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Missy is a white, deaf boxer that is a
long-time survivor of Mast Cell Tumors!

Oh boy, where to begin… She was born a deaf white puppy dog (more than likely from a puppy mill.). When Misty [A/K/A Missy2, MissyII, and M2] was around 1¼ years old, she developed an UTI. It was treated with antibiotics. In the spring of ’97, she developed what we thought was another UTI; I went to get the infamous "Pie Pan" Collection before the trip to see the Doc. Her urine had a "coffee" tint to it, the test results showed blood in her urine. It took a couple of months of testing and several protocols of various antibiotics before it was under control. Lots of Puppy Pads and Cephalexin later, she was back to being a "Normal" Boxer, at least for a year and then it came back. Once again it was Cephalexin and antibiotics, only this time DL-Methionine was added to the combo. It became obvious the she had developed a resistance to the Cephalexin and was put on Prednisolone and Pepcid AC…and then the fun began…the extreme thirst, the Never-ending hunger!!!! Ahhh, the memories of ’98…the entire chicken carcass that went in one end and was ne’er found again or the time she ate well over a pound of gerbil food the night before her vet appointment (that needed a stool sample, instead it looked more like a bird treat). After more [expensive] tests, it was concluded she had a form of Interstitial Cystitis. Finally a combo of scripts was found to relieve this issue.

Then, in the fall of ’01, We found a couple of small bumps on her. We kept on eye on them, because at first we thought them to be from cat swats. Over a week of feeling, poking, and prodding; We made an appointment for the Docs to take a look. While waiting for that time to arrive, Pam started searching the Net for similar symptoms. The Doc took a look, did an aspiration of the bumps and confirmed what we thought…MCTs. Well, needless to say, surgery for the removal of a Grade 1 Ear tumor and a Grade 2 on her flank was scheduled and to be followed by a round of Chemo. When they were doing the surgery, our vet had their newest vet (she was out of school for 2 months) assisting him. While he was removing the tumors, she noticed a small lump on M2’s rear thigh…it turned out to be another Grade 2 MCT. Two of the tumors were removed with "Clean" margins. One was "slightly dirty" due to its location and possible permanent damage if "clean" margins were taken.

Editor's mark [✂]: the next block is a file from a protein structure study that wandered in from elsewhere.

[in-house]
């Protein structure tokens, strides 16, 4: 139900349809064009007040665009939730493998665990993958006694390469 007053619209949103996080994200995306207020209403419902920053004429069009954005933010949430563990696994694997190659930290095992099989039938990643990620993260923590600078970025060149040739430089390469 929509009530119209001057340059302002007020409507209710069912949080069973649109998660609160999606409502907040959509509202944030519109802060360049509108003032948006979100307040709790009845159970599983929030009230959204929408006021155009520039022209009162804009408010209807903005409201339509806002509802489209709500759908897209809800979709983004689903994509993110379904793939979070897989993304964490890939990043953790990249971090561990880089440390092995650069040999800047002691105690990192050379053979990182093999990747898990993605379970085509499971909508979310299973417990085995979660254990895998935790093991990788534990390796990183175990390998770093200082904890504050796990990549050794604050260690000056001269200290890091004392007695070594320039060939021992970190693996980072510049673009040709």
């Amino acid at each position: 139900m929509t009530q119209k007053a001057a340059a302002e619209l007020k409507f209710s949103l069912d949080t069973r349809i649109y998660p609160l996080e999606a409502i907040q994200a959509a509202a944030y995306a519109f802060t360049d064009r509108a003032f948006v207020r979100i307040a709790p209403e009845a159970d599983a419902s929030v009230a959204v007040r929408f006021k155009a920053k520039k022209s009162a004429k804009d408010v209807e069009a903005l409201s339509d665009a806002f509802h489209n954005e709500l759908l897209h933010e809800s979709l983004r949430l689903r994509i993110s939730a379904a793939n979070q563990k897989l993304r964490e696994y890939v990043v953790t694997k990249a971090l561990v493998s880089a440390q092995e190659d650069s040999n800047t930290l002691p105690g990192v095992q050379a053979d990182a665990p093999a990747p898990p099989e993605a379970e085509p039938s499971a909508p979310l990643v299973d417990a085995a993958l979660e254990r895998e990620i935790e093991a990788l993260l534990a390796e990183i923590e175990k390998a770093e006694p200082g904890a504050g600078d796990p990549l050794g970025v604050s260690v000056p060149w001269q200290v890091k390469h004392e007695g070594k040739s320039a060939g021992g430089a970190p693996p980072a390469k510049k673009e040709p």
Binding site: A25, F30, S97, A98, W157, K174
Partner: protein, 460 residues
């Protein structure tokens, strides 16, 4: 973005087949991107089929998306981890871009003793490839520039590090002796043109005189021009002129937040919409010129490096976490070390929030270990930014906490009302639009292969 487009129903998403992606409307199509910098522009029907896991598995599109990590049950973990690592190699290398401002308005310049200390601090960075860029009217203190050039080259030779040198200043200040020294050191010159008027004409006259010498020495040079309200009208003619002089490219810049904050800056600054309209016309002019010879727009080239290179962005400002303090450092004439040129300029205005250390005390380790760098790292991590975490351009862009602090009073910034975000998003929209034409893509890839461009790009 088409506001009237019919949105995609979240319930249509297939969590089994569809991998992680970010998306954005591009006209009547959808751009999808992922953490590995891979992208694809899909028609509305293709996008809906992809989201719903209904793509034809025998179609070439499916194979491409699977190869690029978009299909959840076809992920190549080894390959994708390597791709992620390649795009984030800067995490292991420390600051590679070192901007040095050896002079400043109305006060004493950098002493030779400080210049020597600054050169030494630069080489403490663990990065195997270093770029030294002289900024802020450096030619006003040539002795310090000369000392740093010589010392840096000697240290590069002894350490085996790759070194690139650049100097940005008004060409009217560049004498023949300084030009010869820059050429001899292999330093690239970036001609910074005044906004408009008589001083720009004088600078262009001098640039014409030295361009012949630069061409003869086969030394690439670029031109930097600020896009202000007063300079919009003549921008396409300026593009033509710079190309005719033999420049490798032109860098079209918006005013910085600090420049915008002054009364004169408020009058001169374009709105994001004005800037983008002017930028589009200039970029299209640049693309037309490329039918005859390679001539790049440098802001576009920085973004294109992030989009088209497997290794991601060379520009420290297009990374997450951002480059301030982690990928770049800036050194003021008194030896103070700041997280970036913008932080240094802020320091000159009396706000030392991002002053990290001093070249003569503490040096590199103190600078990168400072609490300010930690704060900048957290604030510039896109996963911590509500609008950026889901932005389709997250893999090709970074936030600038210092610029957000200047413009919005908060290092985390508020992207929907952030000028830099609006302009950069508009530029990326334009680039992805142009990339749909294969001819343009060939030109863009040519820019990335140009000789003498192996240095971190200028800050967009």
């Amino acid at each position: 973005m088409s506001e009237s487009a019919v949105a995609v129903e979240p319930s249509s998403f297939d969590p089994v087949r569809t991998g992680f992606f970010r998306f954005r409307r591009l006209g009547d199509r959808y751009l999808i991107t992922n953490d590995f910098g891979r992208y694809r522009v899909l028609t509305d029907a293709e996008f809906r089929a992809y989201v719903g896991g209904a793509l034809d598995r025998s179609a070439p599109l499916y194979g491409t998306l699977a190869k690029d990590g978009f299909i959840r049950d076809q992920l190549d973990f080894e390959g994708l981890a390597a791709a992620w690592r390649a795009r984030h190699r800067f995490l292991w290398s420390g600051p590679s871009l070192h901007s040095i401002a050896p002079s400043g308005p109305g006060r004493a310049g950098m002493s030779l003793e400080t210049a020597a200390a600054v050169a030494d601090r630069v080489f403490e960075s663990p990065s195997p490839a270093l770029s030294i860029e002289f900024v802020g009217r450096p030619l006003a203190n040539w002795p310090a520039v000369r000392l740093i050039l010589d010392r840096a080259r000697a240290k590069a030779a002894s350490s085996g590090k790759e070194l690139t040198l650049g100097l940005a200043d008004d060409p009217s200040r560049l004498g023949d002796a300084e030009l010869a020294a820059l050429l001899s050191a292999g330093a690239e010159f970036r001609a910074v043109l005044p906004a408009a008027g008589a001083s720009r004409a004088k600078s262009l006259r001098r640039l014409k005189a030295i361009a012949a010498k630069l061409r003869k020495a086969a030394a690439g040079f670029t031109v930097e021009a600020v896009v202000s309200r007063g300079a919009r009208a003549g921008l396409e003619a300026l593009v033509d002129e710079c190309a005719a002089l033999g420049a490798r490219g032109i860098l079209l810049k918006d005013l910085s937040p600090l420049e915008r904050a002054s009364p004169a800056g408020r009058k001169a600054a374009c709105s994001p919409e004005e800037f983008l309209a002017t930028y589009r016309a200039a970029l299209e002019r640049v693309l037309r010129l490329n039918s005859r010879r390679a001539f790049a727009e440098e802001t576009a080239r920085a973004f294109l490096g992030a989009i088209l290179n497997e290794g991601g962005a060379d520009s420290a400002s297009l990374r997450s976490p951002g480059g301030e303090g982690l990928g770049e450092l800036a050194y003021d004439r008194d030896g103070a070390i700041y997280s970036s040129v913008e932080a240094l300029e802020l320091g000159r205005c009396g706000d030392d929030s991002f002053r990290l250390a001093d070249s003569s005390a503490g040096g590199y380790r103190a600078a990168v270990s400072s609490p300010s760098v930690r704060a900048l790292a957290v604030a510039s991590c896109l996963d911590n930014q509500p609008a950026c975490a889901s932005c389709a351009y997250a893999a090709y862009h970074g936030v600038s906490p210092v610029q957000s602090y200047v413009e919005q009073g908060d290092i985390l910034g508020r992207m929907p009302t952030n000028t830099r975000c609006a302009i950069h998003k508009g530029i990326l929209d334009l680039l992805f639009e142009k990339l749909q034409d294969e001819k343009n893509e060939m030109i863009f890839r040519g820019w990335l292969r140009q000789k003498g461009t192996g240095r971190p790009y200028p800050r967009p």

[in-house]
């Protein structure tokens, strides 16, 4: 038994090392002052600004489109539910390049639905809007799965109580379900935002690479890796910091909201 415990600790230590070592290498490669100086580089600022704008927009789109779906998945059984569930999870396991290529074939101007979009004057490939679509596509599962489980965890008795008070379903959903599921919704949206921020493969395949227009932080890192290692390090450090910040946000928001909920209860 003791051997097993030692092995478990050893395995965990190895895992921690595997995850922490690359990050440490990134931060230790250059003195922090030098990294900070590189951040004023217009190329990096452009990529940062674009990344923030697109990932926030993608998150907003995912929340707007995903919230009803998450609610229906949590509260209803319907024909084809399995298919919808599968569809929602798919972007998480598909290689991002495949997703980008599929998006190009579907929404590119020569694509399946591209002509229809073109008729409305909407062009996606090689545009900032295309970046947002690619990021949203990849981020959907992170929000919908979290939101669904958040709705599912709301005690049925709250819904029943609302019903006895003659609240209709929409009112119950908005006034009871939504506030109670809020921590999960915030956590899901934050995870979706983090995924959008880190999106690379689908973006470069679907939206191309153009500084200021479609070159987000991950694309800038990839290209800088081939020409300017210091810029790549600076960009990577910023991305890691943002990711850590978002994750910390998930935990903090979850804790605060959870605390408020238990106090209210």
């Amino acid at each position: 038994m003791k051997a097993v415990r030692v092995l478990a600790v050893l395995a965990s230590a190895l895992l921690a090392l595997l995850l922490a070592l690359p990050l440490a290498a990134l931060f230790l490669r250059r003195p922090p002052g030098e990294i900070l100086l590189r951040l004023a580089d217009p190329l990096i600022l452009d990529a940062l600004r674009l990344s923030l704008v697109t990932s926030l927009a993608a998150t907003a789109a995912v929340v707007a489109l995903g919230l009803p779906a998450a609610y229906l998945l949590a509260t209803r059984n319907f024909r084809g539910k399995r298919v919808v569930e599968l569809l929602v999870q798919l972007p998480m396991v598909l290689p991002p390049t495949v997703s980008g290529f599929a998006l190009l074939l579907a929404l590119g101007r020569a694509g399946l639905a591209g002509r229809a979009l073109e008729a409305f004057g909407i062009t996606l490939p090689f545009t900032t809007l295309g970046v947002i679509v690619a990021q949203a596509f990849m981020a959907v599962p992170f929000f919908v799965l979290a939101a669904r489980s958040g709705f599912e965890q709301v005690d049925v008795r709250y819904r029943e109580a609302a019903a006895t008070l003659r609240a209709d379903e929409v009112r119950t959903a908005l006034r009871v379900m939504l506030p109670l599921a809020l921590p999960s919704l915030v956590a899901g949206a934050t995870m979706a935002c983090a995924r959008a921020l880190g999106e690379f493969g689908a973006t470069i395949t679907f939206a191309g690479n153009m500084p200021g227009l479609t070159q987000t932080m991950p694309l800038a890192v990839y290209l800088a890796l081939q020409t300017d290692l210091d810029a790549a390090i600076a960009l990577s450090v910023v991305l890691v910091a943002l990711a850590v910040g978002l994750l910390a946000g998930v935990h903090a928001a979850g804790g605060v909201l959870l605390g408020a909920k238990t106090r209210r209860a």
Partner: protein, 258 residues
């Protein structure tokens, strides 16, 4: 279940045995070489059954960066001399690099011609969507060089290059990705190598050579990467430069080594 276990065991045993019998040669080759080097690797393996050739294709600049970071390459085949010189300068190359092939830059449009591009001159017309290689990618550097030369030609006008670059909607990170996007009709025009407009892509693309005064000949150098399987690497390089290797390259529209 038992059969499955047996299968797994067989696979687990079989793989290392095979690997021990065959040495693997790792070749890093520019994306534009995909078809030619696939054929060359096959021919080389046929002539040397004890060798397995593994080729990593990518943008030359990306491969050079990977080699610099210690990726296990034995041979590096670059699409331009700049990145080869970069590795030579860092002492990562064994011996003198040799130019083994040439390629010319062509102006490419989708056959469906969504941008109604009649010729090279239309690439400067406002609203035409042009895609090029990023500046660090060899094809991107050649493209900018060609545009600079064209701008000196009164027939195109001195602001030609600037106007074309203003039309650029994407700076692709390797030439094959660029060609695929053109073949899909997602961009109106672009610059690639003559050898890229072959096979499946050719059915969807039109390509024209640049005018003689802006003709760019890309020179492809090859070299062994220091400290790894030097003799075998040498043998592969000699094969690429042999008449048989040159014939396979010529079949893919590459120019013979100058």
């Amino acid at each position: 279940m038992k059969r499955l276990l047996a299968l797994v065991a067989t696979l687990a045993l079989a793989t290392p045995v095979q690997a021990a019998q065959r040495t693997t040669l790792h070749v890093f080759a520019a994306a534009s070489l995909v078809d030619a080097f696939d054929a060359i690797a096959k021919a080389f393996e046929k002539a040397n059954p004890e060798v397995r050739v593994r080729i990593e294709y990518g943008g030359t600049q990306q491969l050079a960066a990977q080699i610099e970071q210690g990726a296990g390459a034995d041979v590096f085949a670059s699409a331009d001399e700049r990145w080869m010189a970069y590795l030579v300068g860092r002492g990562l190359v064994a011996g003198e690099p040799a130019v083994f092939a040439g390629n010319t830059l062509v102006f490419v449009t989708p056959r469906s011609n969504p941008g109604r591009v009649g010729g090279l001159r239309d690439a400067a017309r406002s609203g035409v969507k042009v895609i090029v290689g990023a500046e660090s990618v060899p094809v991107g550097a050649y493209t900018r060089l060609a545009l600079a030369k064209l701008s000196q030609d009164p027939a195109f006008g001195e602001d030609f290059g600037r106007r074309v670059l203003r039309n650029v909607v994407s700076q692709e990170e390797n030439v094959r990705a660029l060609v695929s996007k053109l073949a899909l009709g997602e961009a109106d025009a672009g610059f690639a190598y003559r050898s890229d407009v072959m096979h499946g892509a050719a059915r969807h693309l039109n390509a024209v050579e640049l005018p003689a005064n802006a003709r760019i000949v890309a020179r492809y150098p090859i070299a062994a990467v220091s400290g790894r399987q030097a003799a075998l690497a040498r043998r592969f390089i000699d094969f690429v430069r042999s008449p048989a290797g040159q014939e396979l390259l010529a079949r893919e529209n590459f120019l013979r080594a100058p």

The night of the MCT confirmation, We started researching canine chemo and the pros and cons of treatments available. This also included dietary information: Holistic, Supplemental, and anything else we could find. We also joined both Canine Cancer and WhiteBoxer lists at Yahoogroups. We found a wealth of information on canine MCTs and its treatments on the web. One of the best resources was Lew from B-Naturals. Pam and I gleaned information from a variety of places and made a custom diet of supplements including blended cottage cheese and Flax seed oil, Constitutional blend, Echinacea, Golden Seal, and Berte’s Immune Blend in preparation of the chemo. Pumpkin was later added once treatments started to help regulate the bowels

We live in St. Louis, and found lots of information from the Mizzou veterinary school. As it turns out, they are the ones who handle the cancer radiation treatments for this area. We met with the specialists to discuss the chemo options. It turns out that the specialists works hand in hand with Mizzou’s Oncology department. Thanks to the margins that the surgery achieved, they decided that a 12-week protocol of Vinblastine would be the best choice versus doing Vincristine (sp) along with radiation. Although we have no proof, we feel that the above-mentioned diet was responsible for helping M2 keep her blood counts and recuperation time in check. Once the chemo started, she would get the treatment in the early evening and be listless for 24 to 36 hours and have really loose stool. She would appear close to normal after this for the next 4-6 days until the next treatment. The one problem she had was that she does not like to be forcibly held. Unfortunately, since Vinblastine is very "caustic" to skin, she had to be held in place for normally 15-20 minutes. This resulted in her getting nervous shakes whenever treatment day came around, although she still was happy to see everyone in the office.

She had her last chemo treatment in February ’02, and thank the Lord, she has been in remission ever since. Missy2 has since developed "skin tags" and several Hermangiomas (sp) that are 1-4 mm, the doc said not to worry about it unless they get >1cm.

Come September of this year, she will be Our 10-year-old "Bumpy" dog. Going by the way she acts, she still has a good 10 to 20 years left.

Peace…Chaz and Pam

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